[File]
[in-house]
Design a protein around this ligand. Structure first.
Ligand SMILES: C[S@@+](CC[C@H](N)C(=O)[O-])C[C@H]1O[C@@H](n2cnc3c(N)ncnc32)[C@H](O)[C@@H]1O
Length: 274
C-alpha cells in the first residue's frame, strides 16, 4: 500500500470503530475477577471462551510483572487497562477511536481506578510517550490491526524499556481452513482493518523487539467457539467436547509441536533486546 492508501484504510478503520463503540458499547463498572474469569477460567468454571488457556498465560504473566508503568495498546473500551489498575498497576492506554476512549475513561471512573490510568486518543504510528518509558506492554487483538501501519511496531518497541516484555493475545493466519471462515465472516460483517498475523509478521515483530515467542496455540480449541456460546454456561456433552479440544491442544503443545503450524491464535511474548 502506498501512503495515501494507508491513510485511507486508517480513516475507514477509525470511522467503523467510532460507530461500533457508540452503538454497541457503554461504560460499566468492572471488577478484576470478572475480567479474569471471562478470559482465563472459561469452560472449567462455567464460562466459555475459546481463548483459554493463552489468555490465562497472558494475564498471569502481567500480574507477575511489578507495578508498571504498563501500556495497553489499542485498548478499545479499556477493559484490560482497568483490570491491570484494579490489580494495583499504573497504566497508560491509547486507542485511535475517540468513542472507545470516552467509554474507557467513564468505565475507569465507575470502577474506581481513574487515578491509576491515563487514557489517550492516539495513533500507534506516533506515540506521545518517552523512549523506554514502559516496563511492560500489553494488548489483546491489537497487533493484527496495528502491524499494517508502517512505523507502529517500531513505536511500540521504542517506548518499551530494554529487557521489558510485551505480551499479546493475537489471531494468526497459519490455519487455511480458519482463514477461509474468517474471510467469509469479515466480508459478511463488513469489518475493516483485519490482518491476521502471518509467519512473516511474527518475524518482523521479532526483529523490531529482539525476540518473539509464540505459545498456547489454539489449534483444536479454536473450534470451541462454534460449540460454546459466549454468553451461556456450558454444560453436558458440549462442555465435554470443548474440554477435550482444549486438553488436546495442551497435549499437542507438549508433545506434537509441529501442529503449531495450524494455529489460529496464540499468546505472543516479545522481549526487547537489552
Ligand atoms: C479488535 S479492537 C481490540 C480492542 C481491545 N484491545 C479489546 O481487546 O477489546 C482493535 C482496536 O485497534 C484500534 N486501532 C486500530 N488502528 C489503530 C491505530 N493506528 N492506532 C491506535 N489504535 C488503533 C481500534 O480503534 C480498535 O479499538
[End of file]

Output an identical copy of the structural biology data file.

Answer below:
[in-house]
Design a protein around this ligand. Structure first.
Ligand SMILES: C[S@@+](CC[C@H](N)C(=O)[O-])C[C@H]1O[C@@H](n2cnc3c(N)ncnc32)[C@H](O)[C@@H]1O
Length: 274
C-alpha cells in the first residue's frame, strides 16, 4: 500500500470503530475477577471462551510483572487497562477511536481506578510517550490491526524499556481452513482493518523487539467457539467436547509441536533486546 492508501484504510478503520463503540458499547463498572474469569477460567468454571488457556498465560504473566508503568495498546473500551489498575498497576492506554476512549475513561471512573490510568486518543504510528518509558506492554487483538501501519511496531518497541516484555493475545493466519471462515465472516460483517498475523509478521515483530515467542496455540480449541456460546454456561456433552479440544491442544503443545503450524491464535511474548 502506498501512503495515501494507508491513510485511507486508517480513516475507514477509525470511522467503523467510532460507530461500533457508540452503538454497541457503554461504560460499566468492572471488577478484576470478572475480567479474569471471562478470559482465563472459561469452560472449567462455567464460562466459555475459546481463548483459554493463552489468555490465562497472558494475564498471569502481567500480574507477575511489578507495578508498571504498563501500556495497553489499542485498548478499545479499556477493559484490560482497568483490570491491570484494579490489580494495583499504573497504566497508560491509547486507542485511535475517540468513542472507545470516552467509554474507557467513564468505565475507569465507575470502577474506581481513574487515578491509576491515563487514557489517550492516539495513533500507534506516533506515540506521545518517552523512549523506554514502559516496563511492560500489553494488548489483546491489537497487533493484527496495528502491524499494517508502517512505523507502529517500531513505536511500540521504542517506548518499551530494554529487557521489558510485551505480551499479546493475537489471531494468526497459519490455519487455511480458519482463514477461509474468517474471510467469509469479515466480508459478511463488513469489518475493516483485519490482518491476521502471518509467519512473516511474527518475524518482523521479532526483529523490531529482539525476540518473539509464540505459545498456547489454539489449534483444536479454536473450534470451541462454534460449540460454546459466549454468553451461556456450558454444560453436558458440549462442555465435554470443548474440554477435550482444549486438553488436546495442551497435549499437542507438549508433545506434537509441529501442529503449531495450524494455529489460529496464540499468546505472543516479545522481549526487547537489552
Ligand atoms: C479488535 S479492537 C481490540 C480492542 C481491545 N484491545 C479489546 O481487546 O477489546 C482493535 C482496536 O485497534 C484500534 N486501532 C486500530 N488502528 C489503530 C491505530 N493506528 N492506532 C491506535 N489504535 C488503533 C481500534 O480503534 C480498535 O479499538